Let it Snow, Let it Snow, Let it Snow (left click on the title)
Let it Snow, Let it Snow, Let it Snow (left click on the title)
Blue Christmas (left click on the song title)
It was late afternoon by the time we left the house, the Rambler station wagon packed with suitcases, bedding, gifts, and boxes of food. My Dad could not close his business until the last customer left his store at five, so he’d packed as much as he could the night before.
Mom finished wrapping gifts and baking during the day so as to be ready when Dad pulled into the driveway at five-thirty. With the sun sinking fast, we were ready and helped carry everything out to the rear of the station wagon. Dad would fill what few spaces were left and off we’d go.
With Dad driving and mom in the front seat, we three kids, in full winter gear, including mittens, were squeezed into the back seat, tight. There were no complaints. As a matter of fact, it was exceptionally quiet. We’d done this before and were about to do it again.
We were on our way to Grandma and Grandpa’s house for Christmas!
Their house was on a farm near a little town that only had one bright streetlight at night. The town was about three and a half hours away from our house in the city. As long as it was still daylight, there would be constant scenery change going past the Rambler side window. A few miles and dad would turn on to a highway. We could go faster on the highway so what we saw would change faster. Soon there would be miles and miles of snow covered farmland. As the sky turned black, little lights would pop up here and there, and then go past.
As it started to snow, the pop up lights out of the side window were getting harder to see and had the illusion they had little halos around them. I heard Dad tell Mom that it was about thirty degrees out, and the road was turning white. He could still see tracks from a car that was somewhere ahead of them so, we were still all right. Driving in the snow was a skill you just developed in this part of the country.
When we met a car coming from the opposite direction, its headlights made the snow look as if it was going sideways. The sideways snow would try to hypnotize you and then suddenly disappear as the car passed. The dark, the sideways snow, the hum of the engine and the warmth of all those clothes made us very sleepy. Soon, it made the three and a half hour trip seem like one hour. We only woke up when Dad turned right on to the little towns “one light” main street.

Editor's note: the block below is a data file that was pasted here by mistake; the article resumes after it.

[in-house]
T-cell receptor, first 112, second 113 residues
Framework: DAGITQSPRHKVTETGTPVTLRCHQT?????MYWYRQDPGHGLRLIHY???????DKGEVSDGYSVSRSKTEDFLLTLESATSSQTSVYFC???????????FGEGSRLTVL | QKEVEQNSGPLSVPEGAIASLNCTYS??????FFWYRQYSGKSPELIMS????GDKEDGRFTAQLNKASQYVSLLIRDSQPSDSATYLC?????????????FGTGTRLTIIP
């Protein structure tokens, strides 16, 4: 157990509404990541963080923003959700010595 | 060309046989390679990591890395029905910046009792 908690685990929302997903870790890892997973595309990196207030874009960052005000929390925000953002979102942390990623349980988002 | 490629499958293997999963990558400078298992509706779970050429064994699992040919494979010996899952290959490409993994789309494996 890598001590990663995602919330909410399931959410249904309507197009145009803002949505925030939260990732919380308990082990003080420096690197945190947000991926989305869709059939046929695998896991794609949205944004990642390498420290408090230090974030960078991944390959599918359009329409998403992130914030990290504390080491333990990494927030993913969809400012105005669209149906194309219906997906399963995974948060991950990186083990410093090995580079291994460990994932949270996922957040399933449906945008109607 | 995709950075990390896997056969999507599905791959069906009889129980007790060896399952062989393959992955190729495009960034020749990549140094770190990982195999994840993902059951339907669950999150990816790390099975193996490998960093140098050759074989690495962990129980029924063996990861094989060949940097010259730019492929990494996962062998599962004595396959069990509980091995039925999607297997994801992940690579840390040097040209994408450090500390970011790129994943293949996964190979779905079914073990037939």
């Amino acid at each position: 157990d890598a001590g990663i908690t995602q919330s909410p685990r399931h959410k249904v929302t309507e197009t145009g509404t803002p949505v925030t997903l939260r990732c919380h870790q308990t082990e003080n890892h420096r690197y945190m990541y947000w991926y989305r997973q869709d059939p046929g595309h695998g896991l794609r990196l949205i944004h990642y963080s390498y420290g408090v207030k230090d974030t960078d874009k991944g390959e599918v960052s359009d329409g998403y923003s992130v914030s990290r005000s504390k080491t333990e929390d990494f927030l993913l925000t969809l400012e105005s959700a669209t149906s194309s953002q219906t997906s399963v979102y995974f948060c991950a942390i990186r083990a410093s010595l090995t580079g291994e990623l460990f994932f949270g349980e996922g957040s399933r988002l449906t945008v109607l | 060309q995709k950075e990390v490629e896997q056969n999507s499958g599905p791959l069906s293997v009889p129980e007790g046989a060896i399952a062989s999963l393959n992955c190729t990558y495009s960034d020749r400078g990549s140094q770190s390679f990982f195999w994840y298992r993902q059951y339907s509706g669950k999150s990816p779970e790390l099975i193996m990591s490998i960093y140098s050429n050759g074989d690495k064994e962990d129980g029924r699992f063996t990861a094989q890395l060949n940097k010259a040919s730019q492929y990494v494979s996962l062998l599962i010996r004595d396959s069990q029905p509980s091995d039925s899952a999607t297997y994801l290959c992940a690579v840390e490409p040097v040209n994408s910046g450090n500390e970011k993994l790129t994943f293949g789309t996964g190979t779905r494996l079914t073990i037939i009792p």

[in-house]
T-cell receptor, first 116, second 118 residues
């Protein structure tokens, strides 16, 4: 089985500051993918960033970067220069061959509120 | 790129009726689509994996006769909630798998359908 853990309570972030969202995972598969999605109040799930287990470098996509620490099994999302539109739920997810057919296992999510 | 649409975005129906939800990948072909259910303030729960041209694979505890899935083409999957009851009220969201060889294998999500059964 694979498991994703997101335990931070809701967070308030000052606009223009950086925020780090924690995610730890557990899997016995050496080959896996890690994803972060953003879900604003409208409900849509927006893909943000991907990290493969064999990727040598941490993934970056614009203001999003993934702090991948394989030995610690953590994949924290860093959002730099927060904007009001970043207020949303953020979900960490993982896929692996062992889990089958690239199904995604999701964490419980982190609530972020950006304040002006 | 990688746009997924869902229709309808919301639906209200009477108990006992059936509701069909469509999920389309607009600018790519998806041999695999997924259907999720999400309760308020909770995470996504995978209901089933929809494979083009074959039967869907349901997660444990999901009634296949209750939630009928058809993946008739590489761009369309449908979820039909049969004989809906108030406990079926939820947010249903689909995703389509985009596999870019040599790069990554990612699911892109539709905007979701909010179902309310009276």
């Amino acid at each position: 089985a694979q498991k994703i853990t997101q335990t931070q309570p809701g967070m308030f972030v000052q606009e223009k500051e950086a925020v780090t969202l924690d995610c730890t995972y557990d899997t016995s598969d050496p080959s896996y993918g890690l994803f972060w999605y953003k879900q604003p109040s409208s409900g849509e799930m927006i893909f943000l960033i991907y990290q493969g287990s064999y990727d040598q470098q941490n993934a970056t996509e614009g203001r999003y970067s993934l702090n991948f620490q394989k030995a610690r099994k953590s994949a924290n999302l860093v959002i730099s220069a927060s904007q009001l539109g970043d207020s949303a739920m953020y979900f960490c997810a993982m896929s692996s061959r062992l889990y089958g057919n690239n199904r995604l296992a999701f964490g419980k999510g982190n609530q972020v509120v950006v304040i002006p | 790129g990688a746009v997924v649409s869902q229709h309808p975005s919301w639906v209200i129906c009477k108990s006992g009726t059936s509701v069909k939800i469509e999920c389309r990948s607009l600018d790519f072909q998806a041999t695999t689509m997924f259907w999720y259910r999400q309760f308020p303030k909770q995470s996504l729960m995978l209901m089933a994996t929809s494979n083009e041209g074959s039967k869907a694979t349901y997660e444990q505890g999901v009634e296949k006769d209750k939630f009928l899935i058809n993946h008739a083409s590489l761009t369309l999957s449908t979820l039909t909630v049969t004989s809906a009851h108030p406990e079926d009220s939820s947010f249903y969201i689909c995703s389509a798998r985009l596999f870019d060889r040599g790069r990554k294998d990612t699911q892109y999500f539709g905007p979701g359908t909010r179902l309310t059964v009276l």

Through the town and just a little bit more, we would turn right again. It was the driveway to Grandma and Grandpa’s. It wasn’t very far and just over a little hill.
There it was. A place of special magic; where snow covered tree limbs overhung the driveway and blinking multi-colored lights surround the frost outlined windowpanes. I could see into the house because the shades were up. There were two faces, one high, one low, watching for us.
The car stopped. I don’t know why but everyone just sat for a moment. It was very quiet outside except for a little hiss caused by snowflakes hitting the roof of our car. The flashing Christmas lights, gentle snow falling, lack of motion, and silence was Christmas card like, peaceful and very relaxing.
Out from the back porch door poured a grinning Grandpa and Grandma. They were running a Grandma and Grandpa kind of run, trying not to fall on the fresh snow. They didn’t even have coats on and were breathing out steam!
Grandpa opened the back door on my brother’s side and pulled him right out of the car. As I watched with mouth open, my door opened and my cinnamon smelling Grandma had me. She squeezed me so hard, I couldn’t breathe. Our littlest brother in the middle was heading over the top to the front seat. Grandpa quickly caught him by the britches in mid-flight, and out the door he went. The problem was, he is so light, when he let go of the seat, it threw Grandpa off balance and down into the snow they went.
This brought Mom and Dad out of the car quickly. My other brother and I thought it was a game and piled on top. My mom screamed for us to get off. Her loud order scared us so much, we quickly got off Grandpa, who then rolled to a sitting position laughing!
Ok, so now we’re all out of the car! That was pretty much the end of peaceful relaxing.
Dad walked to the back of our station wagon and had just opened the fold down door, when another set of headlights turned in to the driveway. The bright lights blinded all of us for a moment. It pulled up right behind our Rambler, the doors flew open, and our cousins, from another city farther away than us, piled into the drive way.
There were four girls, and their Mom and Dad. I remembered them from last year. Even though they were girls, they knew how to run, sled, and throw snowballs. The sisters were all a little older than me. My Mom said they won all kinds of awards for poem writing and stuff like that. I didn’t know you were allowed to be good at both at the same time!
Everything got unpacked and brought into the house. This farm house had raised five kids in its time. Grandma and Grandpa had worked hard to provide for their family, and the land had been good to them. The house had plenty of room for everyone to be comfortable and we all spread out to our assigned places.
My brothers and I were in one of the “upstairs bedrooms”. The only way to get to those bedrooms was up a wide, worn, oak stairway. There were what they called “registers” in the floor of each second story room, which allowed a little heat to float up from the first floor rooms. My Dad told me that sometimes, it got so cold in his bedroom that the drinking water on his light stand would freeze during the night. He remembers pulling his clothes into bed with him to warm them before he would put them on to go to school. He also told me, with a wink, he did not waste much time in the bathroom.